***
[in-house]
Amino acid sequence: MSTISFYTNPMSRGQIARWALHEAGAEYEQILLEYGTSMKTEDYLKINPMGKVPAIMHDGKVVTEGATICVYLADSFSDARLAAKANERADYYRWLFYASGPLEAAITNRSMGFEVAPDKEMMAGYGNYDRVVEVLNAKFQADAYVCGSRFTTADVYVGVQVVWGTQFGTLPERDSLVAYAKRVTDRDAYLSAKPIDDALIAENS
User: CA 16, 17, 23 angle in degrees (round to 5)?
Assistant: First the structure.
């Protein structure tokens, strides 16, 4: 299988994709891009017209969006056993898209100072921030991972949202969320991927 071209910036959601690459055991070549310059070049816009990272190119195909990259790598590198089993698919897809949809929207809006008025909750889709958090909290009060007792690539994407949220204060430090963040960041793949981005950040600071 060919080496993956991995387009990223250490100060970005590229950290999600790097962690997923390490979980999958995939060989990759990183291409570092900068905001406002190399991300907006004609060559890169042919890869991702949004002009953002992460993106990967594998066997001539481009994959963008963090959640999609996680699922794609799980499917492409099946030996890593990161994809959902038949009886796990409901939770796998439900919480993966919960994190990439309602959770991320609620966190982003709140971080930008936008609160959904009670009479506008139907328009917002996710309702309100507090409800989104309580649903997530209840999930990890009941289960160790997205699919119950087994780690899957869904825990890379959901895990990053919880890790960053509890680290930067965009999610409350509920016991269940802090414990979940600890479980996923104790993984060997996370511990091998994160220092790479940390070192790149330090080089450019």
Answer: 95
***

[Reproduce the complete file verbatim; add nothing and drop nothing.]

[in-house]
Amino acid sequence: MSTISFYTNPMSRGQIARWALHEAGAEYEQILLEYGTSMKTEDYLKINPMGKVPAIMHDGKVVTEGATICVYLADSFSDARLAAKANERADYYRWLFYASGPLEAAITNRSMGFEVAPDKEMMAGYGNYDRVVEVLNAKFQADAYVCGSRFTTADVYVGVQVVWGTQFGTLPERDSLVAYAKRVTDRDAYLSAKPIDDALIAENS
User: CA 16, 17, 23 angle in degrees (round to 5)?
Assistant: First the structure.
């Protein structure tokens, strides 16, 4: 299988994709891009017209969006056993898209100072921030991972949202969320991927 071209910036959601690459055991070549310059070049816009990272190119195909990259790598590198089993698919897809949809929207809006008025909750889709958090909290009060007792690539994407949220204060430090963040960041793949981005950040600071 060919080496993956991995387009990223250490100060970005590229950290999600790097962690997923390490979980999958995939060989990759990183291409570092900068905001406002190399991300907006004609060559890169042919890869991702949004002009953002992460993106990967594998066997001539481009994959963008963090959640999609996680699922794609799980499917492409099946030996890593990161994809959902038949009886796990409901939770796998439900919480993966919960994190990439309602959770991320609620966190982003709140971080930008936008609160959904009670009479506008139907328009917002996710309702309100507090409800989104309580649903997530209840999930990890009941289960160790997205699919119950087994780690899957869904825990890379959901895990990053919880890790960053509890680290930067965009999610409350509920016991269940802090414990979940600890479980996923104790993984060997996370511990091998994160220092790479940390070192790149330090080089450019």
Answer: 95